and ankle-chains,
I hear the entreaties of women tied up for punishment
—I hear the sibilant whisk of thongs through
the air;
I hear the Hebrew reading his records and psalms,
I hear the rhythmic myths of the Greeks, and the
strong legends of the Romans,
I hear the tale of the divine life and bloody death
of the beautiful God, the Christ,


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I hear the Hindoo teaching his favorite pupil the
loves, wars, adages, transmitted safely to this
day from poets who wrote three thousand years
ago.

6What do you see, Walt Whitman?
Who are they who salute, and that one after another
salute you?

7I see a great round wonder rolling through the air,
I see diminute farms, hamlets, ruins, grave-yards, jails,
factories, palaces, hovels, huts of barbarians, tents
of nomads, upon the surface,
I see the shaded part on one side, where the sleepers
are sleeping—and the sun-lit part on the other
side,
I see the curious silent change of the light and shade,
I see distant lands, as real and near to the inhabitants
of them, as my land is to me.

8I see plenteous waters,
I see mountain peaks—I see the sierras of Andes and
Alleghanies, where they range,
I see plainly the Himmalehs, Chian Shahs, Altays,
Gauts,
I see the Rocky Mountains, and the Peak of Winds,
I see the Styrian Alps, and the Karnac Alps,
I see the Pyrenees, Balks, Carpathians—and to the
north the Dofrafields, and off at sea Mount Hecla,
I see Vesuvius and Etna—I see the Anahuacs,
I see the Mountains of the Moon, and the Snow Moun-
tains, and the Red Mountains of Madagascar,
I see the Vermont hills, and the long string of Cor-
dilleras;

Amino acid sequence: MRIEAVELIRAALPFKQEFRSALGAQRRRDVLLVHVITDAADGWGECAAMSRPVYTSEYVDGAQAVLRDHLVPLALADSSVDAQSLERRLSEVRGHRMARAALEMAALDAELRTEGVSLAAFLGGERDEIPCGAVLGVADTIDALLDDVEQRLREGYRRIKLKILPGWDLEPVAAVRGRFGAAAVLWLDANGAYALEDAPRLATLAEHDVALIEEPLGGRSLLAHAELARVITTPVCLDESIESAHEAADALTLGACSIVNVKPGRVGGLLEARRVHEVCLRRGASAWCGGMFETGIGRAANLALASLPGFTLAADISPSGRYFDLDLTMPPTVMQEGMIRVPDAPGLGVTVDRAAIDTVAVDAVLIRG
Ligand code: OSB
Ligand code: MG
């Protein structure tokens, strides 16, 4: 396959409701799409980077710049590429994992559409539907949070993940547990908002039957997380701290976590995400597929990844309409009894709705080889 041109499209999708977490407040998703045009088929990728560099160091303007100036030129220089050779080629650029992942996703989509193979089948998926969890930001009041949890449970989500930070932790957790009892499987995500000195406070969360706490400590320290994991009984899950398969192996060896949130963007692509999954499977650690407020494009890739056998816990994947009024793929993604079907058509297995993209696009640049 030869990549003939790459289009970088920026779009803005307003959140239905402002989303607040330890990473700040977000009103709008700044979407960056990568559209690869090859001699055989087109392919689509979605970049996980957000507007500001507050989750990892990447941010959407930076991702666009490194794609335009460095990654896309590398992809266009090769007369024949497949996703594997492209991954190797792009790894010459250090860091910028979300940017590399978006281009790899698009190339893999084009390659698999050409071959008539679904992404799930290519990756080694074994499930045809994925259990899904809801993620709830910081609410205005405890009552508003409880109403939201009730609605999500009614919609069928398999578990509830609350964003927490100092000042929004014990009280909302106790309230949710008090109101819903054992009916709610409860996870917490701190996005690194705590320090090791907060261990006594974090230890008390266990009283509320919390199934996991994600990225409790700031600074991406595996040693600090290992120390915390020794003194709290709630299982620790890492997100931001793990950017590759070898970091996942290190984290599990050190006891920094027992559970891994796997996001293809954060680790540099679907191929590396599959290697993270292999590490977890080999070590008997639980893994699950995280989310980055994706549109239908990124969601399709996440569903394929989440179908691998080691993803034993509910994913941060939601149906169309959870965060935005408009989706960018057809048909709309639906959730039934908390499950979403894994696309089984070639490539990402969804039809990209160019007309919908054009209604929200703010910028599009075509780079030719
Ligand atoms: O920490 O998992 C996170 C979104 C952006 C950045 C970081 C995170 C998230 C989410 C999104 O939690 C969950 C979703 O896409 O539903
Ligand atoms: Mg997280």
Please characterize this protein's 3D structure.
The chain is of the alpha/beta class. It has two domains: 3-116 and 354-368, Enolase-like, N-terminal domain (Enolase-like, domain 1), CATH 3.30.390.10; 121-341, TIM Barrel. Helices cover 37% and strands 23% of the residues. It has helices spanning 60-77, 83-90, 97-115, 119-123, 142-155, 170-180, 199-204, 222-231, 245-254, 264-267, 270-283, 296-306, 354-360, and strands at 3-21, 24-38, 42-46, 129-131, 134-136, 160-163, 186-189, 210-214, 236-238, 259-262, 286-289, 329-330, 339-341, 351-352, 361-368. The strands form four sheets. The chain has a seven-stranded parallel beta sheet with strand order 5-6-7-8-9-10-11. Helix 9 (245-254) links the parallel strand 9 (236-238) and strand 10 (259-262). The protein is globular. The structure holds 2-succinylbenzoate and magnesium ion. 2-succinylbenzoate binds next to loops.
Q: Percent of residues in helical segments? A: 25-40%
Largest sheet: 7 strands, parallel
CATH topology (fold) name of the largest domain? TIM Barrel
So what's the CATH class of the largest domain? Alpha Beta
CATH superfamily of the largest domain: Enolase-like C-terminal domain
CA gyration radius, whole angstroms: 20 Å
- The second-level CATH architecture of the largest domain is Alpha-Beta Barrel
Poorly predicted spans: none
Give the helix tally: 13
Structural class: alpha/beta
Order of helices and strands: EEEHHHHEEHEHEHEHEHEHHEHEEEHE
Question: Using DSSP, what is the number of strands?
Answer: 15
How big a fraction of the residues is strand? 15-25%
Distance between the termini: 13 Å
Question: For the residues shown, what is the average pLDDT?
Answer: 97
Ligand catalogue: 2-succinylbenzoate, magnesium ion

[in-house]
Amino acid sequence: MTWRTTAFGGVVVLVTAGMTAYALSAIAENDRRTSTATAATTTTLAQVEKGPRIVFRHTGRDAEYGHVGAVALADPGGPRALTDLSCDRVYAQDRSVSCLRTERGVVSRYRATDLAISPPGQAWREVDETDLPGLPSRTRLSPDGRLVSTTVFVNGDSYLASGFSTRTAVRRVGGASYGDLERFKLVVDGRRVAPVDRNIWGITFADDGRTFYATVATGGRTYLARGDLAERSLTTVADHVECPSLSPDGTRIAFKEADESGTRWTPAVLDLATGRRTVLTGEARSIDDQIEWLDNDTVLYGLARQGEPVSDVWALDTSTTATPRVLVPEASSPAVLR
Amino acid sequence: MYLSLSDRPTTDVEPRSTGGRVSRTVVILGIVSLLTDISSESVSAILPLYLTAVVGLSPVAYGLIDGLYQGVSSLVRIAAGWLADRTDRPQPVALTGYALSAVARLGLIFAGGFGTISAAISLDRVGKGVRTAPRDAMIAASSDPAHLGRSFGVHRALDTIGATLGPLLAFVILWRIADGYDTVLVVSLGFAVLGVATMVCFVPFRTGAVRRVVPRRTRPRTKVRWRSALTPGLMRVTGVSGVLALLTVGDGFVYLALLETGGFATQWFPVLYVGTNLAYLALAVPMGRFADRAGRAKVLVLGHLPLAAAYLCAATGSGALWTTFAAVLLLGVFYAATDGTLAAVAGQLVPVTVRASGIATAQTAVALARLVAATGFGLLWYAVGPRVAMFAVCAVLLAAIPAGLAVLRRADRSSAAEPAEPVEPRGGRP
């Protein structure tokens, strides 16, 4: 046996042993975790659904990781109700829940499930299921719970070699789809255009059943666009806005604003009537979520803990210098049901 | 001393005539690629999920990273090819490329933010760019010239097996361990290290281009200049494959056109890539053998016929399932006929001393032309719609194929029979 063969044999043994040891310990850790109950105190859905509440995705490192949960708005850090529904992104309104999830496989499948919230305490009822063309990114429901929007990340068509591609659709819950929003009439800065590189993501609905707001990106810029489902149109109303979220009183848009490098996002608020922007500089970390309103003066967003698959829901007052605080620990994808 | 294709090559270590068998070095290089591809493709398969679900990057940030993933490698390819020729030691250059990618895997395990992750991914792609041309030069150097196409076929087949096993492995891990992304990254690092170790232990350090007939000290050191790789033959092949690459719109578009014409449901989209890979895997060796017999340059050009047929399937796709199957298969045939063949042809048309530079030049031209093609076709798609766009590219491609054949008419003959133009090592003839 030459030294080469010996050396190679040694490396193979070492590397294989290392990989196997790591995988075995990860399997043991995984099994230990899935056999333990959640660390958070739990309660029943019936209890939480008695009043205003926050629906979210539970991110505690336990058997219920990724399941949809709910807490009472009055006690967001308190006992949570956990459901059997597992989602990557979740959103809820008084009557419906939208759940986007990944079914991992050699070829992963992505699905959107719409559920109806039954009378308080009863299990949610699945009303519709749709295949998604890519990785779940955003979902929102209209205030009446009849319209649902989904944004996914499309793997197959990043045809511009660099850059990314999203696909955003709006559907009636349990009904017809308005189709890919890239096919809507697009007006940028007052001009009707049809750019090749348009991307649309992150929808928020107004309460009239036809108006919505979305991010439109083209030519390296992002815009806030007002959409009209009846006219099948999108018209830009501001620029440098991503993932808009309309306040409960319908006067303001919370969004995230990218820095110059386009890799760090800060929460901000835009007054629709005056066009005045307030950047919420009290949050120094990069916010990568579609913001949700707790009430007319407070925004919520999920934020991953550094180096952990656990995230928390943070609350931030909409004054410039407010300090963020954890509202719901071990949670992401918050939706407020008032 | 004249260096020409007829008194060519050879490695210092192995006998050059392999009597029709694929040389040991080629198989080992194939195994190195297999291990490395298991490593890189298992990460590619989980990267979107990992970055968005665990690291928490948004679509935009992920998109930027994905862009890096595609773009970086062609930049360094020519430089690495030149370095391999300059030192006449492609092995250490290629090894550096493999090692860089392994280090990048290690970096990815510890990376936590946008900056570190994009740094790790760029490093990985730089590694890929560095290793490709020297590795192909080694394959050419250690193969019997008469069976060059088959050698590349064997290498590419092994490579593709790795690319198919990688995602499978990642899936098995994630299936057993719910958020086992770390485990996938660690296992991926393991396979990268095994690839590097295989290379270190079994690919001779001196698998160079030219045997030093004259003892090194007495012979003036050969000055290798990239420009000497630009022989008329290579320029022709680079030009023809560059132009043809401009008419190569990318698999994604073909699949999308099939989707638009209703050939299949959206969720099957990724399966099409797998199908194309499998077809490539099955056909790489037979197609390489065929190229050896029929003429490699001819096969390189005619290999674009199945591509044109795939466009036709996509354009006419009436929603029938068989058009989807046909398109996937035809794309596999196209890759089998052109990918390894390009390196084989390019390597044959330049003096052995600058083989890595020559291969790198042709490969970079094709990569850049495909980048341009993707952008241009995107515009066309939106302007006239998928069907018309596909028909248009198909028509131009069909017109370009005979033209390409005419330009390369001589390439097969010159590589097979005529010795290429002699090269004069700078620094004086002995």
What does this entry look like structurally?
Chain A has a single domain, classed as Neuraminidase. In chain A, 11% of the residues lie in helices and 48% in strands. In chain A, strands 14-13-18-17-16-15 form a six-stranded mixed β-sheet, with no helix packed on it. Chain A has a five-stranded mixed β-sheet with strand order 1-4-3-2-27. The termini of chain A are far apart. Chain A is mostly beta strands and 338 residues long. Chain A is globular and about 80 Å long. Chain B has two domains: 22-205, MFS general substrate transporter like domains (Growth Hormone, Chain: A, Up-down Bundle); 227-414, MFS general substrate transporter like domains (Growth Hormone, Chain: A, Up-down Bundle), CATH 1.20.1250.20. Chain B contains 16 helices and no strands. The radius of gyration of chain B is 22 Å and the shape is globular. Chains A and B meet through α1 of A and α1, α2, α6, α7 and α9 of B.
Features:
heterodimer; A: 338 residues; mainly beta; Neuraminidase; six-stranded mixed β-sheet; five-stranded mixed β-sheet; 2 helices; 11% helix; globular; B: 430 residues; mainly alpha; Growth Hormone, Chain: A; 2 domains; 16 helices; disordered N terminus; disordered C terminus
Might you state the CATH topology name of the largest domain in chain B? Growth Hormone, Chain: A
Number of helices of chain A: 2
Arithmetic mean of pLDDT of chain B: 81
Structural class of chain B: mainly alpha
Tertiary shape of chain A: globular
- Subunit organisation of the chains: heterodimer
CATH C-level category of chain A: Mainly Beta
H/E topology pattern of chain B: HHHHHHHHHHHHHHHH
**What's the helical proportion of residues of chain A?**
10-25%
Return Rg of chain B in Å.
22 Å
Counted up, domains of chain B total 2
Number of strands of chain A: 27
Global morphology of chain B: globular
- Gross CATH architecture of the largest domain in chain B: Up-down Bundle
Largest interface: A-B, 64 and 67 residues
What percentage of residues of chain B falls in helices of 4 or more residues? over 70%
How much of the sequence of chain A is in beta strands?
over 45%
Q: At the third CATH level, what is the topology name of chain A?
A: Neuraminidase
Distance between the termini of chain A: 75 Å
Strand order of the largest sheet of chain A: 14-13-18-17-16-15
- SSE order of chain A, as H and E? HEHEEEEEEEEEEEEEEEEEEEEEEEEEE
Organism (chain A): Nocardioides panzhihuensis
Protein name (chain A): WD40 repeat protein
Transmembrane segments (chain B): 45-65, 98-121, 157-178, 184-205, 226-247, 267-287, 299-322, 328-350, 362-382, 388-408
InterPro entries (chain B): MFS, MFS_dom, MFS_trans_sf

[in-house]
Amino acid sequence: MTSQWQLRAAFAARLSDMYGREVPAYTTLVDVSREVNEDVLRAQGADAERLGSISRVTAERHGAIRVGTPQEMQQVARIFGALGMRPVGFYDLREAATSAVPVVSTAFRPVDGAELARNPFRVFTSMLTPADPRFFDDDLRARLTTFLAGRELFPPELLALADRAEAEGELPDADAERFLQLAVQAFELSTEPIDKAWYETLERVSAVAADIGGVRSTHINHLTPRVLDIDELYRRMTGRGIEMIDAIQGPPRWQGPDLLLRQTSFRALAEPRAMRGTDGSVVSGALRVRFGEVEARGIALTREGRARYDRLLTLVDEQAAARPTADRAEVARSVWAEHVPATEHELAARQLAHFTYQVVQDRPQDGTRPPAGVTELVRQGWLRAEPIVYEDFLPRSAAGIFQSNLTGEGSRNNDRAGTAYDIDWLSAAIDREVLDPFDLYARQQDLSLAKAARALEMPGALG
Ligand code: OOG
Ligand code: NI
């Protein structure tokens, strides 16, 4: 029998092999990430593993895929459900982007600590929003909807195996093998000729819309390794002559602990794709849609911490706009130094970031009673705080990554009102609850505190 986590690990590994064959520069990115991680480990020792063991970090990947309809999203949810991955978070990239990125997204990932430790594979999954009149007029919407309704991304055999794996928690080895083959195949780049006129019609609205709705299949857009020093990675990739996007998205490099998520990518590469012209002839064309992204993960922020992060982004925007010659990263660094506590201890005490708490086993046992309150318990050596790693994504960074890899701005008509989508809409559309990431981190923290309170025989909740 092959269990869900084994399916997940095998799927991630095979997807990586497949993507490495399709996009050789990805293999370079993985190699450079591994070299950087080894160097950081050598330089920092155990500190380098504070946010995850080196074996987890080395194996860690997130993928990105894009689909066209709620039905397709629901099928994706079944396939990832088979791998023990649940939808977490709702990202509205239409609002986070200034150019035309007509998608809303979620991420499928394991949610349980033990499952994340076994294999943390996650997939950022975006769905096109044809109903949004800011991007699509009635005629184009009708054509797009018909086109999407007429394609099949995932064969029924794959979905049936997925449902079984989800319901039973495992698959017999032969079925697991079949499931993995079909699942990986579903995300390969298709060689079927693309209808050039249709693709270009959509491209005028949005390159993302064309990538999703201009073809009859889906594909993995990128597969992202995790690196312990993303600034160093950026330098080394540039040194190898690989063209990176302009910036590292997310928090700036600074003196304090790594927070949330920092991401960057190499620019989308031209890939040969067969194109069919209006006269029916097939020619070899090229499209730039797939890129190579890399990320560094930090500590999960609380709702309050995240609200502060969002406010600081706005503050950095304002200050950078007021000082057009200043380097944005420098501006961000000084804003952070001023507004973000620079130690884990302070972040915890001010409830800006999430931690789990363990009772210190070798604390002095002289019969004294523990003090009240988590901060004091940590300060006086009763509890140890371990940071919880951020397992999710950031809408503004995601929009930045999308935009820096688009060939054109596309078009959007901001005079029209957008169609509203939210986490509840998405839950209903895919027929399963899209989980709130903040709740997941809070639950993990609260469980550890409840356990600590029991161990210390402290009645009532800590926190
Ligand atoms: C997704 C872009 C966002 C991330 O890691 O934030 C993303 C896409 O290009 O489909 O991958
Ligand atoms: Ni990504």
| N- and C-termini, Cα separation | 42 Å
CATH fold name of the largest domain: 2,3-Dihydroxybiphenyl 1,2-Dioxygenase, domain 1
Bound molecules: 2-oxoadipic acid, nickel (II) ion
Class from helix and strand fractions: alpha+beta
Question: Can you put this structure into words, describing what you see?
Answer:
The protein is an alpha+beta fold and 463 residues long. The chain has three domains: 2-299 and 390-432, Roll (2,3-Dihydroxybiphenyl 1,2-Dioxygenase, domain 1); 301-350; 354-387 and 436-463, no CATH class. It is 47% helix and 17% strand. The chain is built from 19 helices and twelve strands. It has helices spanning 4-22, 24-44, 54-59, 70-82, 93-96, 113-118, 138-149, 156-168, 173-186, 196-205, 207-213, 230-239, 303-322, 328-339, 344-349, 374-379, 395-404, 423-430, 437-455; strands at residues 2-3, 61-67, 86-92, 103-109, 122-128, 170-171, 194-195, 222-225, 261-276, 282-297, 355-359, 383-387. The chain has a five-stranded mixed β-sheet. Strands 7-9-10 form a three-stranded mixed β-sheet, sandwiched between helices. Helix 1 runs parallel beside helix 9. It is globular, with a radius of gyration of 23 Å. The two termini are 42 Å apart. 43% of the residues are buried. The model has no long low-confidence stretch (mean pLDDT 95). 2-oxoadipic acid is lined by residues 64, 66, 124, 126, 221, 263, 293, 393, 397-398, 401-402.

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I see the vast deserts of Western America,
I see the Libyan, Arabian, and Asiatic deserts;
I see huge dreadful Arctic and Antarctic icebergs,
I see the superior oceans and the inferior ones—the
Atlantic and Pacific, the sea of Mexico, the Bra-
zilian sea, and the sea of Peru,
The Japan waters, those of Hindostan, the China Sea,
and the Gulf of Guinea,
The spread of the Baltic, Caspian, Bothnia, the British
shores, and the Bay of Biscay,
The clear-sunned Mediterranean, and from one to an-
other of its islands,
The inland fresh-tasted seas of North America,
The White Sea, and the sea around Greenland.

9I behold the mariners of the world,
Some are in storms—some in the night, with the
watch on the look-out,
Some drifting helplessly—some with contagious diseases
eases.

10I behold the steam-ships of the world,
Some double the Cape of Storms—some Cape Verde
—others Cape Guardafui, Bon, or Bajadore,
Others Dondra Head—others pass the Straits of Sun-
da—others Cape Lopatka—others Behring's
Straits,
Others Cape Horn—others the Gulf of Mexico, or
along Cuba or Hayti—others Hudson's Bay or
Baffin's Bay,
Others pass the Straits of Dover—others enter the
Wash—others the Firth of Solway—others round
Cape Clear—others the Land's End,


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Others traverse the Zuyder Zee, or the Scheld,
Others add to the exits and entrances at Sandy Hook,
Others to the comers and goers at Gibraltar, or the